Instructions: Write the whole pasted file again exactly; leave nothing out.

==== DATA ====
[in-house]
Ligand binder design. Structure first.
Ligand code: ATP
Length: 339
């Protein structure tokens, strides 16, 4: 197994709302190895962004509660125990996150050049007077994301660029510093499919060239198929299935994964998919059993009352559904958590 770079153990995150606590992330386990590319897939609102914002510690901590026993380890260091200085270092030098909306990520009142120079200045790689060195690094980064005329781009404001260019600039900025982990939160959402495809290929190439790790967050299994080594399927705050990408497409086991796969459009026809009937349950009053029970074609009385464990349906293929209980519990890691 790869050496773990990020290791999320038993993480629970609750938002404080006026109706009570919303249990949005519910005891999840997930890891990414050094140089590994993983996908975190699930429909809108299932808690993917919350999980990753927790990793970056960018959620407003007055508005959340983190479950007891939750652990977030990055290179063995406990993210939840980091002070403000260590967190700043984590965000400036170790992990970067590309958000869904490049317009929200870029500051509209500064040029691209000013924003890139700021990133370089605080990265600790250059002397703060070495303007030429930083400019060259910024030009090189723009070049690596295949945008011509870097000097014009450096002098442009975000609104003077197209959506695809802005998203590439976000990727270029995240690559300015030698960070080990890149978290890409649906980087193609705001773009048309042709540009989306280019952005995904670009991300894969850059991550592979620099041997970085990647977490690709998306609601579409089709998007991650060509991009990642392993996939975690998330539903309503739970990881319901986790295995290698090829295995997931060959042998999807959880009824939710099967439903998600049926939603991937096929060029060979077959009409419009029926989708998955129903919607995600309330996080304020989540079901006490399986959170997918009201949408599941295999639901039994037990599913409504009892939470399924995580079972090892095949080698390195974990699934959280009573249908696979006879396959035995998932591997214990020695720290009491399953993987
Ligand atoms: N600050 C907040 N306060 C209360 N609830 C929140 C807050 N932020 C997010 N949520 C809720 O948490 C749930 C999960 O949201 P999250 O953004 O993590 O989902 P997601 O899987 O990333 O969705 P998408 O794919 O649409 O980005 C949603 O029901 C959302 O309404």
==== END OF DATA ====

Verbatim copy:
[in-house]
Ligand binder design. Structure first.
Ligand code: ATP
Length: 339
């Protein structure tokens, strides 16, 4: 197994709302190895962004509660125990996150050049007077994301660029510093499919060239198929299935994964998919059993009352559904958590 770079153990995150606590992330386990590319897939609102914002510690901590026993380890260091200085270092030098909306990520009142120079200045790689060195690094980064005329781009404001260019600039900025982990939160959402495809290929190439790790967050299994080594399927705050990408497409086991796969459009026809009937349950009053029970074609009385464990349906293929209980519990890691 790869050496773990990020290791999320038993993480629970609750938002404080006026109706009570919303249990949005519910005891999840997930890891990414050094140089590994993983996908975190699930429909809108299932808690993917919350999980990753927790990793970056960018959620407003007055508005959340983190479950007891939750652990977030990055290179063995406990993210939840980091002070403000260590967190700043984590965000400036170790992990970067590309958000869904490049317009929200870029500051509209500064040029691209000013924003890139700021990133370089605080990265600790250059002397703060070495303007030429930083400019060259910024030009090189723009070049690596295949945008011509870097000097014009450096002098442009975000609104003077197209959506695809802005998203590439976000990727270029995240690559300015030698960070080990890149978290890409649906980087193609705001773009048309042709540009989306280019952005995904670009991300894969850059991550592979620099041997970085990647977490690709998306609601579409089709998007991650060509991009990642392993996939975690998330539903309503739970990881319901986790295995290698090829295995997931060959042998999807959880009824939710099967439903998600049926939603991937096929060029060979077959009409419009029926989708998955129903919607995600309330996080304020989540079901006490399986959170997918009201949408599941295999639901039994037990599913409504009892939470399924995580079972090892095949080698390195974990699934959280009573249908696979006879396959035995998932591997214990020695720290009491399953993987
Ligand atoms: N600050 C907040 N306060 C209360 N609830 C929140 C807050 N932020 C997010 N949520 C809720 O948490 C749930 C999960 O949201 P999250 O953004 O993590 O989902 P997601 O899987 O990333 O969705 P998408 O794919 O649409 O980005 C949603 O029901 C959302 O309404």